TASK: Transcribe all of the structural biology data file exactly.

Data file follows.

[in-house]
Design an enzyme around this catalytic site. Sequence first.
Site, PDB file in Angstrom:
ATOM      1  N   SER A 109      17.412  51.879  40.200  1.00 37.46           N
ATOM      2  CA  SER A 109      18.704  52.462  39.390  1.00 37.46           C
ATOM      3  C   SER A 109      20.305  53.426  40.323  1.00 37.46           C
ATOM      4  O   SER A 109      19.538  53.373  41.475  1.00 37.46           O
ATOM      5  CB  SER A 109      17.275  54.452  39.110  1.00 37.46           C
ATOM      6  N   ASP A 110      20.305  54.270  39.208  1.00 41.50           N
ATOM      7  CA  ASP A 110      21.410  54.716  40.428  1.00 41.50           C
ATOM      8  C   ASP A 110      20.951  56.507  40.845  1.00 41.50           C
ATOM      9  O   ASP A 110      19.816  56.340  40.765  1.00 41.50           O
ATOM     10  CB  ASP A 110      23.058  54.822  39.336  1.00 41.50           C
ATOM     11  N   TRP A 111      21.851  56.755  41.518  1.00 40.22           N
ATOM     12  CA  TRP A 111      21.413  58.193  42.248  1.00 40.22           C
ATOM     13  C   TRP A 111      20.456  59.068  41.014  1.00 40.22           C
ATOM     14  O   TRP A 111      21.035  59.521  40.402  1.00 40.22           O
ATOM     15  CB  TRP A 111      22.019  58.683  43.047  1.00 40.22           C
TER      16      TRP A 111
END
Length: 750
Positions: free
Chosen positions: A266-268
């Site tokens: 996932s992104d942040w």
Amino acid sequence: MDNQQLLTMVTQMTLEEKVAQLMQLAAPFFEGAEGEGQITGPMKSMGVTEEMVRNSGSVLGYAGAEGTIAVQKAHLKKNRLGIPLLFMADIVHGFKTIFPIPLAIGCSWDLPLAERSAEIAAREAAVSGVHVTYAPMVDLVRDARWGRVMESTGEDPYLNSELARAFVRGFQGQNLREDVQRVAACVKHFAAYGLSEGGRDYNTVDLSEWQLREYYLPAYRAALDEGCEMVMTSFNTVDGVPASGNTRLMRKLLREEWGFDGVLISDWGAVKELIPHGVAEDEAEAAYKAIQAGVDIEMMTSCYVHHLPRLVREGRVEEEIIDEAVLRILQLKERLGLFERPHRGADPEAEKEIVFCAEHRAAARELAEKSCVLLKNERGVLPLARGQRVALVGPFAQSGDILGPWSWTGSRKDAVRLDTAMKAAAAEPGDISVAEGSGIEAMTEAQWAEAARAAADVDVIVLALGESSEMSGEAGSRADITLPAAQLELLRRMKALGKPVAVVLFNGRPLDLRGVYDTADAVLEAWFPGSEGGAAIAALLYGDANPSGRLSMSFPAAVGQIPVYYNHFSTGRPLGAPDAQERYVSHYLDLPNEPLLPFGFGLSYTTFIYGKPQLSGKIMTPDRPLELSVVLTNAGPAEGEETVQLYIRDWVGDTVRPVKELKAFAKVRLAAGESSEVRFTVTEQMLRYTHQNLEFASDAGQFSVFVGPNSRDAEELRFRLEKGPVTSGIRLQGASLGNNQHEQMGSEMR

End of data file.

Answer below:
[in-house]
Design an enzyme around this catalytic site. Sequence first.
Site, PDB file in Angstrom:
ATOM      1  N   SER A 109      17.412  51.879  40.200  1.00 37.46           N
ATOM      2  CA  SER A 109      18.704  52.462  39.390  1.00 37.46           C
ATOM      3  C   SER A 109      20.305  53.426  40.323  1.00 37.46           C
ATOM      4  O   SER A 109      19.538  53.373  41.475  1.00 37.46           O
ATOM      5  CB  SER A 109      17.275  54.452  39.110  1.00 37.46           C
ATOM      6  N   ASP A 110      20.305  54.270  39.208  1.00 41.50           N
ATOM      7  CA  ASP A 110      21.410  54.716  40.428  1.00 41.50           C
ATOM      8  C   ASP A 110      20.951  56.507  40.845  1.00 41.50           C
ATOM      9  O   ASP A 110      19.816  56.340  40.765  1.00 41.50           O
ATOM     10  CB  ASP A 110      23.058  54.822  39.336  1.00 41.50           C
ATOM     11  N   TRP A 111      21.851  56.755  41.518  1.00 40.22           N
ATOM     12  CA  TRP A 111      21.413  58.193  42.248  1.00 40.22           C
ATOM     13  C   TRP A 111      20.456  59.068  41.014  1.00 40.22           C
ATOM     14  O   TRP A 111      21.035  59.521  40.402  1.00 40.22           O
ATOM     15  CB  TRP A 111      22.019  58.683  43.047  1.00 40.22           C
TER      16      TRP A 111
END
Length: 750
Positions: free
Chosen positions: A266-268
């Site tokens: 996932s992104d942040w």
Amino acid sequence: MDNQQLLTMVTQMTLEEKVAQLMQLAAPFFEGAEGEGQITGPMKSMGVTEEMVRNSGSVLGYAGAEGTIAVQKAHLKKNRLGIPLLFMADIVHGFKTIFPIPLAIGCSWDLPLAERSAEIAAREAAVSGVHVTYAPMVDLVRDARWGRVMESTGEDPYLNSELARAFVRGFQGQNLREDVQRVAACVKHFAAYGLSEGGRDYNTVDLSEWQLREYYLPAYRAALDEGCEMVMTSFNTVDGVPASGNTRLMRKLLREEWGFDGVLISDWGAVKELIPHGVAEDEAEAAYKAIQAGVDIEMMTSCYVHHLPRLVREGRVEEEIIDEAVLRILQLKERLGLFERPHRGADPEAEKEIVFCAEHRAAARELAEKSCVLLKNERGVLPLARGQRVALVGPFAQSGDILGPWSWTGSRKDAVRLDTAMKAAAAEPGDISVAEGSGIEAMTEAQWAEAARAAADVDVIVLALGESSEMSGEAGSRADITLPAAQLELLRRMKALGKPVAVVLFNGRPLDLRGVYDTADAVLEAWFPGSEGGAAIAALLYGDANPSGRLSMSFPAAVGQIPVYYNHFSTGRPLGAPDAQERYVSHYLDLPNEPLLPFGFGLSYTTFIYGKPQLSGKIMTPDRPLELSVVLTNAGPAEGEETVQLYIRDWVGDTVRPVKELKAFAKVRLAAGESSEVRFTVTEQMLRYTHQNLEFASDAGQFSVFVGPNSRDAEELRFRLEKGPVTSGIRLQGASLGNNQHEQMGSEMR